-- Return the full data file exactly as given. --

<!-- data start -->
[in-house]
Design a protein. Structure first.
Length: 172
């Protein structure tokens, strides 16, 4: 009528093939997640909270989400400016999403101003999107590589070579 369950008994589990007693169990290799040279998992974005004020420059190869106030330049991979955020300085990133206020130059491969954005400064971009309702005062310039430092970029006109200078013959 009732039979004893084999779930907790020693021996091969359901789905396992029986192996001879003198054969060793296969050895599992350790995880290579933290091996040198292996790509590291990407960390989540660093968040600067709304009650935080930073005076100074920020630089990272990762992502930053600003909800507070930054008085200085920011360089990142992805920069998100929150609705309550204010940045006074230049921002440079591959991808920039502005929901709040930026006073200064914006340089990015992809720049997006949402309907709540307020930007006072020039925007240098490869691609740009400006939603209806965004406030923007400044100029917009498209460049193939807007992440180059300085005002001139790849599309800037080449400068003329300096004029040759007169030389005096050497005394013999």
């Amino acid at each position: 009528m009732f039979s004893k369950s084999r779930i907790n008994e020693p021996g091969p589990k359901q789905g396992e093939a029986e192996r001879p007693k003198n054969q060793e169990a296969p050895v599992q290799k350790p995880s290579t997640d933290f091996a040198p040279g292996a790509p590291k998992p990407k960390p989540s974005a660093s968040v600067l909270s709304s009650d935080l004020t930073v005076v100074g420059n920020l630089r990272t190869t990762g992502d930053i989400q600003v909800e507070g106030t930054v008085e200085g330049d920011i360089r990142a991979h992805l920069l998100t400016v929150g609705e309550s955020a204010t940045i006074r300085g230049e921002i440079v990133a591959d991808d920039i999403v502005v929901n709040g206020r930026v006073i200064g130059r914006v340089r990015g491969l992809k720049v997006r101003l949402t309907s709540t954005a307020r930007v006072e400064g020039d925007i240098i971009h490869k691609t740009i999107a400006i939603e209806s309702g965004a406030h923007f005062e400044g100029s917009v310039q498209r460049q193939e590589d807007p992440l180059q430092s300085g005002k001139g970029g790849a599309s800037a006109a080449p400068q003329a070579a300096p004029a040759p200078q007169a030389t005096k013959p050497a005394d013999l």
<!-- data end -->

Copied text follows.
[in-house]
Design a protein. Structure first.
Length: 172
């Protein structure tokens, strides 16, 4: 009528093939997640909270989400400016999403101003999107590589070579 369950008994589990007693169990290799040279998992974005004020420059190869106030330049991979955020300085990133206020130059491969954005400064971009309702005062310039430092970029006109200078013959 009732039979004893084999779930907790020693021996091969359901789905396992029986192996001879003198054969060793296969050895599992350790995880290579933290091996040198292996790509590291990407960390989540660093968040600067709304009650935080930073005076100074920020630089990272990762992502930053600003909800507070930054008085200085920011360089990142992805920069998100929150609705309550204010940045006074230049921002440079591959991808920039502005929901709040930026006073200064914006340089990015992809720049997006949402309907709540307020930007006072020039925007240098490869691609740009400006939603209806965004406030923007400044100029917009498209460049193939807007992440180059300085005002001139790849599309800037080449400068003329300096004029040759007169030389005096050497005394013999």
């Amino acid at each position: 009528m009732f039979s004893k369950s084999r779930i907790n008994e020693p021996g091969p589990k359901q789905g396992e093939a029986e192996r001879p007693k003198n054969q060793e169990a296969p050895v599992q290799k350790p995880s290579t997640d933290f091996a040198p040279g292996a790509p590291k998992p990407k960390p989540s974005a660093s968040v600067l909270s709304s009650d935080l004020t930073v005076v100074g420059n920020l630089r990272t190869t990762g992502d930053i989400q600003v909800e507070g106030t930054v008085e200085g330049d920011i360089r990142a991979h992805l920069l998100t400016v929150g609705e309550s955020a204010t940045i006074r300085g230049e921002i440079v990133a591959d991808d920039i999403v502005v929901n709040g206020r930026v006073i200064g130059r914006v340089r990015g491969l992809k720049v997006r101003l949402t309907s709540t954005a307020r930007v006072e400064g020039d925007i240098i971009h490869k691609t740009i999107a400006i939603e209806s309702g965004a406030h923007f005062e400044g100029s917009v310039q498209r460049q193939e590589d807007p992440l180059q430092s300085g005002k001139g970029g790849a599309s800037a006109a080449p400068q003329a070579a300096p004029a040759p200078q007169a030389t005096k013959p050497a005394d013999l």